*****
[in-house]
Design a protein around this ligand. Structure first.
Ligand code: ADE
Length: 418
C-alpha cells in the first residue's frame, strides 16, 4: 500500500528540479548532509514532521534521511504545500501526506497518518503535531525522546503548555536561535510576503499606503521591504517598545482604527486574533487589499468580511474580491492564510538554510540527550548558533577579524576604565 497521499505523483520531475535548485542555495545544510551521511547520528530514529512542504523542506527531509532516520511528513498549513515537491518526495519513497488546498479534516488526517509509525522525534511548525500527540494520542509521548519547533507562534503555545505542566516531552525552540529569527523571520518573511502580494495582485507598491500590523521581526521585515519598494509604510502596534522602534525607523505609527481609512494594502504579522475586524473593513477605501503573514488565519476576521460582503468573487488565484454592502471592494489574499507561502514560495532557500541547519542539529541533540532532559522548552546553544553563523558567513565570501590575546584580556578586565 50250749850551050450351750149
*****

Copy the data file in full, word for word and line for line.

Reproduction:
[in-house]
Design a protein around this ligand. Structure first.
Ligand code: ADE
Length: 418
C-alpha cells in the first residue's frame, strides 16, 4: 500500500528540479548532509514532521534521511504545500501526506497518518503535531525522546503548555536561535510576503499606503521591504517598545482604527486574533487589499468580511474580491492564510538554510540527550548558533577579524576604565 497521499505523483520531475535548485542555495545544510551521511547520528530514529512542504523542506527531509532516520511528513498549513515537491518526495519513497488546498479534516488526517509509525522525534511548525500527540494520542509521548519547533507562534503555545505542566516531552525552540529569527523571520518573511502580494495582485507598491500590523521581526521585515519598494509604510502596534522602534525607523505609527481609512494594502504579522475586524473593513477605501503573514488565519476576521460582503468573487488565484454592502471592494489574499507561502514560495532557500541547519542539529541533540532532559522548552546553544553563523558567513565570501590575546584580556578586565 50250749850551050450351750149